Berlin is facing a meteorologically extraordinary weekend. On the one hand, because an extraordinary heat wave is approaching. And on the other hand, because the weather models are still completely undecided as to how far this heat wave, which is sweeping from Spain and France across Germany, will progress northwards: The range of maximum temperatures forecast for Sunday in Berlin ranged from 21 to 39 degrees on Thursday morning.
Jörg Riemann, chief meteorologist at the Tempelhof-based “Wettermanufaktur”, is certain after studying the forecasts that it will be hot. Not yet on Friday, when all weather models expect temperatures of around 25 degrees.
But already on Saturday, when it is supposed to be very hot with a maximum of 35 degrees, but not yet muggy thanks to the relatively dry air.
“On Sunday it will be more like laundry room weather with a similarly high temperature,” says Riemann. “I wouldn’t rule out going up to 36 or 37 degrees either. It depends on how fast the clouds come.”
The clouds are coming from the northwest – with a sharp cold front. “That means temperature differences of more than ten degrees over 100 kilometers on Sunday.”
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In practice, that means for Brandenburg: at least 33 degrees in Fläming, but only about 23 on the border with Mecklenburg. It’s just not quite clear where and how exactly the border will run.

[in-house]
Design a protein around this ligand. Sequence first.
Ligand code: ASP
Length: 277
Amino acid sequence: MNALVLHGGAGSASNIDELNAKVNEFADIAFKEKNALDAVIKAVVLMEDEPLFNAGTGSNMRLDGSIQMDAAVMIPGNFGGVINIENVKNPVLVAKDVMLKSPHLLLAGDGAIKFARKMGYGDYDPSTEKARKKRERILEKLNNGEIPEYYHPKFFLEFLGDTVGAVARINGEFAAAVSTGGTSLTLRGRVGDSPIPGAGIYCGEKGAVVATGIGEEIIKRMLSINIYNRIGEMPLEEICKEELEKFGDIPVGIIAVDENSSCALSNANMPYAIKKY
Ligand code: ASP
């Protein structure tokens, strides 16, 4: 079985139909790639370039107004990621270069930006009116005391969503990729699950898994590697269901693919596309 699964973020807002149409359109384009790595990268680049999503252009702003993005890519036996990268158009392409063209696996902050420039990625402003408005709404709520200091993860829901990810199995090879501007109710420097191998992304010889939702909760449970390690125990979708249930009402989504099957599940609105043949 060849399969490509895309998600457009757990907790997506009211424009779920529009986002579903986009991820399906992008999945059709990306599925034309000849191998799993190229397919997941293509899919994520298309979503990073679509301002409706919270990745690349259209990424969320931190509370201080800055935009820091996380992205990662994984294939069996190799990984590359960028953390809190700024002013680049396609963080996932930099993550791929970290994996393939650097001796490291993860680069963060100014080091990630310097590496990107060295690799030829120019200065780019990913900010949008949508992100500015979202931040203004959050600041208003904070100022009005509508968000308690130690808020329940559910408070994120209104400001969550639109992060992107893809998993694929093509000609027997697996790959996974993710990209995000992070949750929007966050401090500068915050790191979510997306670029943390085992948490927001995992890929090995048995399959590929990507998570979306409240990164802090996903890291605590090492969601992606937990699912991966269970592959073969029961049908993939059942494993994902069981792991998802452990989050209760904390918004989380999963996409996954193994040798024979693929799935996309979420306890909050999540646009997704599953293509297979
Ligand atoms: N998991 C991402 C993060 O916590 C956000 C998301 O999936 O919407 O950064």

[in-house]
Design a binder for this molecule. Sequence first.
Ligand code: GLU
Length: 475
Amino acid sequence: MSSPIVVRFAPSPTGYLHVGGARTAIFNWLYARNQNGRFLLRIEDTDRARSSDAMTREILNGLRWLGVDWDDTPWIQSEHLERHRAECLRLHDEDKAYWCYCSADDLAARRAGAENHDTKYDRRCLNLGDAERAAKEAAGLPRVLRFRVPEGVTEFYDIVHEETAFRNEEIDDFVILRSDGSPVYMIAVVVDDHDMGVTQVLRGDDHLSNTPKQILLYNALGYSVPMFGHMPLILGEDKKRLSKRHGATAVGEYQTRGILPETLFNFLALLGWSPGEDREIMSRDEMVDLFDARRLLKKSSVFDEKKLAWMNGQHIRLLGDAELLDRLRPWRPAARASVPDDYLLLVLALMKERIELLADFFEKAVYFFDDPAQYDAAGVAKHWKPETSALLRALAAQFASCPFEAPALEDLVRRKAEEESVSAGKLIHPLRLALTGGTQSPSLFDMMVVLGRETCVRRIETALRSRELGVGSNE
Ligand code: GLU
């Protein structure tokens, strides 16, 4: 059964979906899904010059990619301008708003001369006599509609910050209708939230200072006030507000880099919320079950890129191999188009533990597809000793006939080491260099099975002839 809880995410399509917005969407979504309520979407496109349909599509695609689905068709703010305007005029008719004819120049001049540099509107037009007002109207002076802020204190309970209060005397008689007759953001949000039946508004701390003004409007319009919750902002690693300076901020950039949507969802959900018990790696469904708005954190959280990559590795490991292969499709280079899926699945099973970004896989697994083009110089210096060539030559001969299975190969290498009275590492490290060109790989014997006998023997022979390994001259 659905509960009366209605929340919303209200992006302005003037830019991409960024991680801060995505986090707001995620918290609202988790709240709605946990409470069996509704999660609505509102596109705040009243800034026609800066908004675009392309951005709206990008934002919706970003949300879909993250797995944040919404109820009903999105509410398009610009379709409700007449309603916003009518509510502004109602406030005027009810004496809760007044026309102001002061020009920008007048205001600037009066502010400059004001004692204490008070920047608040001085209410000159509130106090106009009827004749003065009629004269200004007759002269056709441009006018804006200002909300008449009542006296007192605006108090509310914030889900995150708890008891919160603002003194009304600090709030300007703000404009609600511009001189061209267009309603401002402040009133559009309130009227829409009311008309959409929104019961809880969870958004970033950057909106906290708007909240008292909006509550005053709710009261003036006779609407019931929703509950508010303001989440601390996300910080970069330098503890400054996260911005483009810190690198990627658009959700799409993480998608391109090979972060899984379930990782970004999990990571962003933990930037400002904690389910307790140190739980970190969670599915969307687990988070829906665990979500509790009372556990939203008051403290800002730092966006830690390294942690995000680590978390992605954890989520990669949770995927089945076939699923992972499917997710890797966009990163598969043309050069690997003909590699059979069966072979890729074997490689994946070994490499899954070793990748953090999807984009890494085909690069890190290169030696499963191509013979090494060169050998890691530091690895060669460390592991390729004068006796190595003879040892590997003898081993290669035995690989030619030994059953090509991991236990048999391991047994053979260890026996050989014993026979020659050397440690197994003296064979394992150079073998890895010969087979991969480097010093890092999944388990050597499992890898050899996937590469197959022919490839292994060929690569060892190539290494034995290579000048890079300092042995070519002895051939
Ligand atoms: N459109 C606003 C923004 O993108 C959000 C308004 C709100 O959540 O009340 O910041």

When such different air masses collide, there is usually a great potential for severe weather in the summer months. According to the meteorologist, showers and thunderstorms are to be expected, “but definitely not the end of the world”. Which is good on the one hand, but on the other hand means that the extreme drought in Berlin and Brandenburg is still not being alleviated – which in turn results in a high risk of forest fires.
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The weather change is expected to reach Berlin on Monday night. It should be possible to ventilate it again at a maximum of 23 degrees before it gets hot again, according to Riemann: another 30 degrees or even more can be expected in the middle of next week.
But after that it cools down to between 20 and 25 degrees, which is normal in early summer. The weekend after that will also be mixed, but probably not really rainy: the lows, which could bring the much-needed wetness to the region, will probably run out of breath, as so often, over the Benelux or, at the latest, in western Germany.
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But first we have to survive the hot weekend. The Berlin all-time records will probably not be broken. The highest ever measured June value of 37.6 degrees on June 30, 2019 or the all-time record of 37.9 degrees on July 4, 2015 could be surpassed. The August record dates from August 1, 1994 and is 37.7 degrees.
All values refer to the Dahlem measuring station, which has been supplying data since 1908. Higher temperatures were occasionally measured in other parts of the city, but these can only be compared to a limited extent with the Dahlem values due to the partly relatively new locations surrounded by densely built-up areas.